ROBERTO Mancini's future as Manchester City manager rests on the manner of his team's response to recent setbacks over the final weeks of the season.
While the Italian retains the support of the club's Abu Dhabi hier-archy, with chairman Khaldoon al-Mubarak designated to make the final decision on his future, the combination of City's recent loss of form and Mancini's fractious relationship with senior players ensures that his position at the Etihad Stadium is no longer as secure as it appeared.
Growing resentment inside the dressing-room over Mancini's perceived indulgence of controversial forward Mario Balotelli is no secret at senior levels within the club and public displays of frustration in recent games by James Milner and Gareth Barry, while being substituted by the manager, have exposed the divisions within the City camp.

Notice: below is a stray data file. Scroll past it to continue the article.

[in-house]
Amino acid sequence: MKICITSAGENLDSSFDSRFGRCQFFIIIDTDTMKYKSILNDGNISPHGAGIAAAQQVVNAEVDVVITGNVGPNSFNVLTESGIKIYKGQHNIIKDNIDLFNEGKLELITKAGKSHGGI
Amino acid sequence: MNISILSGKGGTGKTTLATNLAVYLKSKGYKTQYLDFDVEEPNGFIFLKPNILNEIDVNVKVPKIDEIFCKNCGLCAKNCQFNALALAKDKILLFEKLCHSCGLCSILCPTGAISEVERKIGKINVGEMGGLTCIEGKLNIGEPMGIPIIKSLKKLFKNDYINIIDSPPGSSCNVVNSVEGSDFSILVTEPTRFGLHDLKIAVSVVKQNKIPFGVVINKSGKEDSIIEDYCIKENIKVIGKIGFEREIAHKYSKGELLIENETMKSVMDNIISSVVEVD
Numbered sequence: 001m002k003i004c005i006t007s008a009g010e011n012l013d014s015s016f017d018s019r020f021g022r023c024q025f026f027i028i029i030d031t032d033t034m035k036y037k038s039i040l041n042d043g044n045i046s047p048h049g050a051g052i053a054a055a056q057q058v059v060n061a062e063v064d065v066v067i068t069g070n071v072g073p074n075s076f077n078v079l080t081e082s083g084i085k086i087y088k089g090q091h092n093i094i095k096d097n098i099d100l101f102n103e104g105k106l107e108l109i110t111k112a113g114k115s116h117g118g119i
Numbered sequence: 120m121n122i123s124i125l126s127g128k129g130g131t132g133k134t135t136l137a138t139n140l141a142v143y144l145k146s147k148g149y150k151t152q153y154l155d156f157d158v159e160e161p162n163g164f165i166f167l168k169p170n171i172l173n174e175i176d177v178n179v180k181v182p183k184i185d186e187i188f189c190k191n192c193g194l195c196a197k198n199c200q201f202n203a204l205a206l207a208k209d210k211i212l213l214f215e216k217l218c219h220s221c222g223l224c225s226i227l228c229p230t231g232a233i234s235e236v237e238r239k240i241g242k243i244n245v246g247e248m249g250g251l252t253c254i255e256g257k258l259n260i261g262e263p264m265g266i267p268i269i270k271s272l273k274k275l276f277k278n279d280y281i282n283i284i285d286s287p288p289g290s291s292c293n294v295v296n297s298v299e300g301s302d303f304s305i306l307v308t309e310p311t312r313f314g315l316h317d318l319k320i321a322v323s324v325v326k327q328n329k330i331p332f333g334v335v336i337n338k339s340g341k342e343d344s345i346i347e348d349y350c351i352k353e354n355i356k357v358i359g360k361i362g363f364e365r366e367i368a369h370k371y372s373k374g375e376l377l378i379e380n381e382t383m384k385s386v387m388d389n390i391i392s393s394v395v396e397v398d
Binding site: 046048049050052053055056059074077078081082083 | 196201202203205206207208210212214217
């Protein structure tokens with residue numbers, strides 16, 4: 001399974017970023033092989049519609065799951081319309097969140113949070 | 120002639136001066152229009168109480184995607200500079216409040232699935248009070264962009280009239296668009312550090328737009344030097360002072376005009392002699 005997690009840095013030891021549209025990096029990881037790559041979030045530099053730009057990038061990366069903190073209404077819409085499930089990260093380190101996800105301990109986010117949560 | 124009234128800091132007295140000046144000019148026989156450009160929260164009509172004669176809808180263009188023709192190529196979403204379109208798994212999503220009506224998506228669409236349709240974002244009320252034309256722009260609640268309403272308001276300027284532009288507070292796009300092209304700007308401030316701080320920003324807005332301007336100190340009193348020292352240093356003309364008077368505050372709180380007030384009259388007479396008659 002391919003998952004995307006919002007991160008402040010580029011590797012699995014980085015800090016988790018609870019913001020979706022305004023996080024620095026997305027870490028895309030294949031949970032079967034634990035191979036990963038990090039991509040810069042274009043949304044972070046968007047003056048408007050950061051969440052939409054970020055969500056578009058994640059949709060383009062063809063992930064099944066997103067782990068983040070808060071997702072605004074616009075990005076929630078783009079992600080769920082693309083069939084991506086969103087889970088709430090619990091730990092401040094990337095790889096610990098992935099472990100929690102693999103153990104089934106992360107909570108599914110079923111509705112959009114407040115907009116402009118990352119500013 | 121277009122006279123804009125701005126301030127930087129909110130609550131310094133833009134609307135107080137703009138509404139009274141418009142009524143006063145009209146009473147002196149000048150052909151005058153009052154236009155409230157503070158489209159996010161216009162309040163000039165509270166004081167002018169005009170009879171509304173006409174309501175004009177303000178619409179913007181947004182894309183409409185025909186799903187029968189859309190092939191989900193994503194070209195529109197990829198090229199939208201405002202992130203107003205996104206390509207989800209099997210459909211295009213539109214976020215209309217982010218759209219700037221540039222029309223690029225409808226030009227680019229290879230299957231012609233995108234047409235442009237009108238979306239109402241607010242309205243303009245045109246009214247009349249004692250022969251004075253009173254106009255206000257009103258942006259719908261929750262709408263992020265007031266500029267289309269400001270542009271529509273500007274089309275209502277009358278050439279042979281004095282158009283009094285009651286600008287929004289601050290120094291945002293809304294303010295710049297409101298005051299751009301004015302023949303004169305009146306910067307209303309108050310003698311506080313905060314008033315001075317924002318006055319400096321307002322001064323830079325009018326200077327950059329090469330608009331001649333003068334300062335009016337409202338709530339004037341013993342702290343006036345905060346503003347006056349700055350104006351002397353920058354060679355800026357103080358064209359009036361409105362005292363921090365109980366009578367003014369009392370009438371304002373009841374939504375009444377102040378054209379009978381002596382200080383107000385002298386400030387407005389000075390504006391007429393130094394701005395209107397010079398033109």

Chairman Al-Mubarak and the club's powerbrokers have long accepted that Mancini's abrasive style of management does not endear him to some members of his squad and, with City enjoying five months at the top of the Premier League until last month, it was regarded as a contributory factor to the team's improvement.
Yet the issue of Balotelli remains unresolved. The 21-year-old clashedwith team-mates on the pitch during Saturday's 3-3 draw with Sunderland before being involved in a dressing-room spat with Yaya Toure.
Despite the concerns over the disharmony within the squad, however, no decision has yet been made to part company with Mancini.
Reports in Spain last week that a deal had been agreed with Jose Mourinho to replace Mancini were forcefully denied by the Real Madrid manager.
But with Mancini's £3.5m-a-year contract due to expire at the end of next season and no negotiations yet under way to extend it, the remaining games of this season are likely to be decisive over what happens next.